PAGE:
''Well, I certainly feel comfortable being in the hunt, being in the last groups,'' said McCarron, who shot 66 and has shared the lead after each round this week at Harbor Shores. ''I've learned a lot over the last couple of years playing with Bernhard Langer. I've been fortunate enough to play with him in a lot of final groups and second-to-last groups, and battled it out with him and watched him. So I don't really let that kind of big moment get to me too much.''
Petrovic, a one-time winner in 2005 on the PGA Tour, will be in the final group for the first time since 2010 in The Memorial.
''That's where you want to be,'' Petrovic said. ''Some guys say they don't want the lead, they would rather chase, but I would rather be in the lead. I would rather be in the last group, that's where you want to be when you show up here on Tuesday, Wednesday, you want to be in that last group because you have a better chance to win if you're in that group.''
McCarron, who has hit all 13 fairways in the third round and 24 in a row in the tournament, lamented two missed 4-foot putts in the last four holes. The first was a birdie chance at the par-5 15th and the second at 18 for par after he missed the green.
''I have to putt a little better tomorrow,'' he said. ''I missed a couple putts today coming in, but all in all it was a good, solid day. I hit the ball right where I was looking most of the time.''
Petrovic also had trouble at 15 when his 5-wood shot glanced off a mound in the fairway and ended up in the river that crosses in front of the green. He scrambled for a bogey.
''I kind of gave a shot back there, but Scott missed his birdie putt there and that kind of gave us a little life,'' he said. ''We finished strong. I made a putt (at 17) to kind of let him know we were still there.''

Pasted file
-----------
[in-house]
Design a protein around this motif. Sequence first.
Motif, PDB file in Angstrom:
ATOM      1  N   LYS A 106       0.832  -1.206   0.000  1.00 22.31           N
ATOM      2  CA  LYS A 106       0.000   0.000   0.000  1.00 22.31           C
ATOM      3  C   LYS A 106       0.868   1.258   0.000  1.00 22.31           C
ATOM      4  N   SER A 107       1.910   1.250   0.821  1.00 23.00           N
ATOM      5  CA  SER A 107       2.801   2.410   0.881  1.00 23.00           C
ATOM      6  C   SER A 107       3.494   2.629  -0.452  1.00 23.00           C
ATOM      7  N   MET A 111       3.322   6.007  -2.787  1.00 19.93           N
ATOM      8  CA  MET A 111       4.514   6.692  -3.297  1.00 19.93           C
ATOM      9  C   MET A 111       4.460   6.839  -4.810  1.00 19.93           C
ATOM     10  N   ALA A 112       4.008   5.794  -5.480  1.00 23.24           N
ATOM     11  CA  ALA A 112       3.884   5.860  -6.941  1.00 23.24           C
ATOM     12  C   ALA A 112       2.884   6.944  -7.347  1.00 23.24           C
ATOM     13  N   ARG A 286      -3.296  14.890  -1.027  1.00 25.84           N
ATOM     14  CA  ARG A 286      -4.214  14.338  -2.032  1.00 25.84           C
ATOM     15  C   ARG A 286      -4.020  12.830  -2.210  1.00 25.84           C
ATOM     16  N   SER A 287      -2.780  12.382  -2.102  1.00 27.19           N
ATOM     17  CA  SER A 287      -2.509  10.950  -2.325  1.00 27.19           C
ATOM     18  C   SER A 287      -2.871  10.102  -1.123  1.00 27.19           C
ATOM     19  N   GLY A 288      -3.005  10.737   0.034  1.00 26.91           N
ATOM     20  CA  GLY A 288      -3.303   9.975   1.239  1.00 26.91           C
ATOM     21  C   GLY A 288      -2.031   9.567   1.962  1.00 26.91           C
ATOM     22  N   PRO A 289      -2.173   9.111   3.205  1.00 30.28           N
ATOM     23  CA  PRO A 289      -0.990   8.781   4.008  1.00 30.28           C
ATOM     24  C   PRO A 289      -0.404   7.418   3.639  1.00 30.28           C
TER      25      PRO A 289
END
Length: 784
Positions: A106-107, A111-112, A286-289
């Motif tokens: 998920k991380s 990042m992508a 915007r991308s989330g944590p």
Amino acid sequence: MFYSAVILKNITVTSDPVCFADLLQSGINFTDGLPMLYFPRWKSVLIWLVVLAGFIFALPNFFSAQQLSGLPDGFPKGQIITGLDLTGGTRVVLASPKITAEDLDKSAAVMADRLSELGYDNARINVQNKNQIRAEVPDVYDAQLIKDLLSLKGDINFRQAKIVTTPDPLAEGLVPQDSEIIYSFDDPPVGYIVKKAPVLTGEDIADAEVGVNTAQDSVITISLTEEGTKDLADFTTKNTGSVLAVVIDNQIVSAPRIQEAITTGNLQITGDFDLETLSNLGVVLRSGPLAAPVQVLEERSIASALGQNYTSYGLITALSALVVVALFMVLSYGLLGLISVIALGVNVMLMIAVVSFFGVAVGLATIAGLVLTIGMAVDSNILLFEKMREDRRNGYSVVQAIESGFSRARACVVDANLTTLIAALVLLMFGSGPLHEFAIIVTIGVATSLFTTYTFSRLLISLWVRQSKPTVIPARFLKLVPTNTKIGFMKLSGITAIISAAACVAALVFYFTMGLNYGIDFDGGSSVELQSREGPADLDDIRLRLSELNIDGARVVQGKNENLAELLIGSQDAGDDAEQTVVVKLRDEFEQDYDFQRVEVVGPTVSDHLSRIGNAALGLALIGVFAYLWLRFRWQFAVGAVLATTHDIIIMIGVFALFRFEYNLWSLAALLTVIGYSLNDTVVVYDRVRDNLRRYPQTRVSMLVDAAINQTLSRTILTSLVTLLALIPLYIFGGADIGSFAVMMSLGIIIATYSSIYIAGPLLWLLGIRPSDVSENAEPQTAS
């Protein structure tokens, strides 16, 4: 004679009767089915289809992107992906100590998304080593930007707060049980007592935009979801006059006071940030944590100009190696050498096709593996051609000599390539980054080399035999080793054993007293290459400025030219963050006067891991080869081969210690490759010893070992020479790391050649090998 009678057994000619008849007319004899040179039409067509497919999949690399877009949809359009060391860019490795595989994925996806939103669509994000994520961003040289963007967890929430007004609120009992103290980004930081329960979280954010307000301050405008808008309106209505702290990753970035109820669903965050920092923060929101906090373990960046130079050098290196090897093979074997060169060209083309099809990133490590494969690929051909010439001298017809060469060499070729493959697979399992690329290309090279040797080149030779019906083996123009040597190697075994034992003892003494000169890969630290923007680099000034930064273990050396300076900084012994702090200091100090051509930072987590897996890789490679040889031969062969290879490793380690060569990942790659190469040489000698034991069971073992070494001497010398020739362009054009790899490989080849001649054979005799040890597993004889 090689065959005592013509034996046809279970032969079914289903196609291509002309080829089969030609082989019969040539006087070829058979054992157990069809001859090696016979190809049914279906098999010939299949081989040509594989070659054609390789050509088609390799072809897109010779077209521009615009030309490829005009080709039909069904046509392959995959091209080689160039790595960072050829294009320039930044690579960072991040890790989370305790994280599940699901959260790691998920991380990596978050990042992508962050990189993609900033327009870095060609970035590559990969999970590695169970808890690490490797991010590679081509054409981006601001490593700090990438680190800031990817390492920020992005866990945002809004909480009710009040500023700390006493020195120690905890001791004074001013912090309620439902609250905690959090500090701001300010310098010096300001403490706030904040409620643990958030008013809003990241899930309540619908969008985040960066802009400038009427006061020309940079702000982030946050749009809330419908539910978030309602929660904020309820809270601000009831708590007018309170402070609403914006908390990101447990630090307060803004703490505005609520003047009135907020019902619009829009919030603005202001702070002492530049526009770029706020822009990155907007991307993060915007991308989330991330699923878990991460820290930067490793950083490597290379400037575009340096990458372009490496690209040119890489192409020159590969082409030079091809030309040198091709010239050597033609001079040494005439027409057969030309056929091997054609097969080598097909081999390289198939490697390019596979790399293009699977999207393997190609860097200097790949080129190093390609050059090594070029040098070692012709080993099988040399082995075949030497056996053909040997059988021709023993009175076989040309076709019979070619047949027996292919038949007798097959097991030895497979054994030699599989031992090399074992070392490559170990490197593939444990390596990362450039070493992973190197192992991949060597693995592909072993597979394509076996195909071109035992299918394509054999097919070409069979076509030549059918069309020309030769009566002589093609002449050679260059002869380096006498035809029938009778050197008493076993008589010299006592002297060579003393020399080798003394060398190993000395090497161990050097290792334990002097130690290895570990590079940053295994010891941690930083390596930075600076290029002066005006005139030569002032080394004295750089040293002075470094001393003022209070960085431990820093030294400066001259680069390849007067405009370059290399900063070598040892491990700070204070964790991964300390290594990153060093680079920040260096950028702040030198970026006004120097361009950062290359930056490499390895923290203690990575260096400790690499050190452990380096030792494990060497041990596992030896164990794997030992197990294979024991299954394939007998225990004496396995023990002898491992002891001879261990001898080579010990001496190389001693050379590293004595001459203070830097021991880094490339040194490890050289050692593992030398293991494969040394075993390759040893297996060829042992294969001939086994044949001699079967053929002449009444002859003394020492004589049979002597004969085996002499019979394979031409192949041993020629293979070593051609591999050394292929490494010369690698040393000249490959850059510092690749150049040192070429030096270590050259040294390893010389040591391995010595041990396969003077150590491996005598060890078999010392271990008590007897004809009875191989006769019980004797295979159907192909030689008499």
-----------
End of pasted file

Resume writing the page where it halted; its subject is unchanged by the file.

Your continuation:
Petrovic played in the third-to-last group last week in the Regions Tradition, the first of consecutive majors on the PGA Tour Champions. He said it gave him a taste of being in the mix among the seniors and he has continued to play well.
''I felt really calm all week for some reason,'' he said. ''I'm just hitting the shots that I know I can hit and I'm driving the ball really well.''
McCarron said Sunday's are different when it gets to the final four or five holes and there is a chance to win.
''Especially in a major championship it's different,'' he said. ''It kind of gets your adrenaline going. You have to make sure you take a lot of deep breaths, and like I said, control your emotions. This is a big deal. And have fun. That's one of the things.''
England's Paul Broadhurst, the 2016 British Senior Open winner, matched the best third-round score in tournament history with a 64. He was two shots back at 11 under.
Miguel Angel Jimenez, coming off his first major championship last week, shot 65 and was 9 under.
Tom Byrum, who made a hole-in-one at the 17th in shooting a 67, was in a group at 8 under with Bob Estes, Jerry Kelly and Kevin Sutherland.